In researching and writing about ferns in my nature notes I noticed a tendency for ferns to be named after armour! There is male-fern which seems to have derived its name from chain mail and the buckler ferns where a buckler is a shield buckled to the forearm. So now I have soft shield fern (Polystichum setiferum) for which I can find no notes about the origin of the name but the fern is undoubtedly shield shaped so I presume that is why it is a shield fern. The soft shield fern has soft fronds, there is a hard shield fern which are stiffer and more brittle.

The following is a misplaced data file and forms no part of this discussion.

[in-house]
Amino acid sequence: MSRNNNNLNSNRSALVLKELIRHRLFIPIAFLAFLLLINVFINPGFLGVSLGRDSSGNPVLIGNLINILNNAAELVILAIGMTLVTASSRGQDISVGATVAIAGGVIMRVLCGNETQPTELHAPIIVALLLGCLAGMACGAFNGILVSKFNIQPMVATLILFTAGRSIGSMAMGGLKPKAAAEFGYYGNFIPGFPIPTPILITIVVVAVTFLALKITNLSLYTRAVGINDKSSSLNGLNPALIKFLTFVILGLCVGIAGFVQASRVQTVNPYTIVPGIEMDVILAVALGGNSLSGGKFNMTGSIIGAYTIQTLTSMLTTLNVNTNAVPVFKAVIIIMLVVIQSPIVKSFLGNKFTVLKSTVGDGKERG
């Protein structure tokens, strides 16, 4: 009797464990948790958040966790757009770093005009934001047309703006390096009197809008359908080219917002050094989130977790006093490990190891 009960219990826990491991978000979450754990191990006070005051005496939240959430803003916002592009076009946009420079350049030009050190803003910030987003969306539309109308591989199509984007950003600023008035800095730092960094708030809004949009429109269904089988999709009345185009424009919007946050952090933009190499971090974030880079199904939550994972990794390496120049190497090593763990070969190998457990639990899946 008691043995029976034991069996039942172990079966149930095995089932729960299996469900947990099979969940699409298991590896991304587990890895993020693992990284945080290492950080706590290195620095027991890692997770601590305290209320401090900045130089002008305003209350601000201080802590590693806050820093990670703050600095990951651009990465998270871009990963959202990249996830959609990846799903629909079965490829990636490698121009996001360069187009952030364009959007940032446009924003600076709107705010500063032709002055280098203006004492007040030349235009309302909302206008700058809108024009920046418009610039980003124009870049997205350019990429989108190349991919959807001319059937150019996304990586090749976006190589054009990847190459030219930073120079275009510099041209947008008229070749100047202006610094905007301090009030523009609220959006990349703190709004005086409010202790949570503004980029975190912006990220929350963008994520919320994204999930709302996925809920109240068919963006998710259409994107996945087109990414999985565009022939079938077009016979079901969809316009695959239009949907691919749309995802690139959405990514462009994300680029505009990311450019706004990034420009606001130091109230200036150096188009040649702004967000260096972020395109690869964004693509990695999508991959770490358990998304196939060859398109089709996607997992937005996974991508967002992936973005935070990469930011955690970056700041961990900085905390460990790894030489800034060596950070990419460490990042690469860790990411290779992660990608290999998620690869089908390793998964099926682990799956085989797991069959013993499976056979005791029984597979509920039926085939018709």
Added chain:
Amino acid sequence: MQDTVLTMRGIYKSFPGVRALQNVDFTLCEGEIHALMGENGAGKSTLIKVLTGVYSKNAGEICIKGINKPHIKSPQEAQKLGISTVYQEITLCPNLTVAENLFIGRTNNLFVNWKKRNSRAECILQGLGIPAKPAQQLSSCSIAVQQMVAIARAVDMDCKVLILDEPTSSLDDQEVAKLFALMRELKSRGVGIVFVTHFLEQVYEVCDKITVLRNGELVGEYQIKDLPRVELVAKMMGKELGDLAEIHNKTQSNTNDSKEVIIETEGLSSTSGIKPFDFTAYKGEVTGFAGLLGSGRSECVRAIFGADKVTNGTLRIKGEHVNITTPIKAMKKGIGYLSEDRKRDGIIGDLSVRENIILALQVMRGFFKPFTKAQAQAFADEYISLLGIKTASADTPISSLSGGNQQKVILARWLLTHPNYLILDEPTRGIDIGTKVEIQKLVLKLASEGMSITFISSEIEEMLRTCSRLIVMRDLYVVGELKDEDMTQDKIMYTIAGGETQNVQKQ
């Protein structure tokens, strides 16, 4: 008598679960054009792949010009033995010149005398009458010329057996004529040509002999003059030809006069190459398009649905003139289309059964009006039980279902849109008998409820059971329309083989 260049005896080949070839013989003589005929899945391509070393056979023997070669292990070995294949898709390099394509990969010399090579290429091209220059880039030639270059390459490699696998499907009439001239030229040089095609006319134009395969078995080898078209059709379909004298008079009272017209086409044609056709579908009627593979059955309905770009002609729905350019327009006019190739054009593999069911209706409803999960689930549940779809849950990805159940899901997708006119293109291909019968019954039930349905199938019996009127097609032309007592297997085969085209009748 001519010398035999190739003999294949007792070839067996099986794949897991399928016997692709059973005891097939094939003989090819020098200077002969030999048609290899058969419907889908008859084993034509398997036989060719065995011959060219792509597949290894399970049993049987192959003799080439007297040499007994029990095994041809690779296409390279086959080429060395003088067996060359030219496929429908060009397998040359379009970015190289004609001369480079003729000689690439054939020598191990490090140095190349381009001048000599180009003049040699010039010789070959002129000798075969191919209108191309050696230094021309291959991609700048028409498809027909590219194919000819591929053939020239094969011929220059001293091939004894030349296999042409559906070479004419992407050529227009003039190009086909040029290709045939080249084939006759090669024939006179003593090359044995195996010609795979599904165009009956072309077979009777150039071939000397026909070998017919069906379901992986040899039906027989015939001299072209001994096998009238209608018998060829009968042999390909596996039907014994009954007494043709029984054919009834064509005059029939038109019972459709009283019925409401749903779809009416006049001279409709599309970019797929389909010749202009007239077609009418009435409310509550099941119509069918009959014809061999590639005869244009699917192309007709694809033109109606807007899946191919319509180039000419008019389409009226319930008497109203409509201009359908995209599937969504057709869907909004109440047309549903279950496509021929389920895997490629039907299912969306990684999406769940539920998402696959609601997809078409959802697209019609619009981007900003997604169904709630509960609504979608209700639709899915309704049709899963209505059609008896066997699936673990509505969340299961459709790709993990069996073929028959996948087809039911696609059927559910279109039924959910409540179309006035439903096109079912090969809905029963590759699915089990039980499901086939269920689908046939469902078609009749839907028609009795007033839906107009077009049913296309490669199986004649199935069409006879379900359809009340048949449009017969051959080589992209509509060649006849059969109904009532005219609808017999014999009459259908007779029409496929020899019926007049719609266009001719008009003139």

The soft shield fern is a native of damp woods in the west of Britain, in Ireland and Iberia but it also occurs as far away as Turkey and the Crimea. It is an attractive fern that is often found in gardens and there are some cultivated varieties available from garden centres. This may account for why the only site I have found for it in Dorset so far is at Durlston in the woods near the castle which, some years ago now, were part of the castle gardens. Other 'introduced' plants occur here and I am guessing that soft shield fern was introduced in this way.
At first glance it looks like the common male-fern but closer inspection reveals various differences, but the most significant is the ornamental, attractive 'leaflets' on the fronds which, on the male-fern, are quite plain and uninteresting!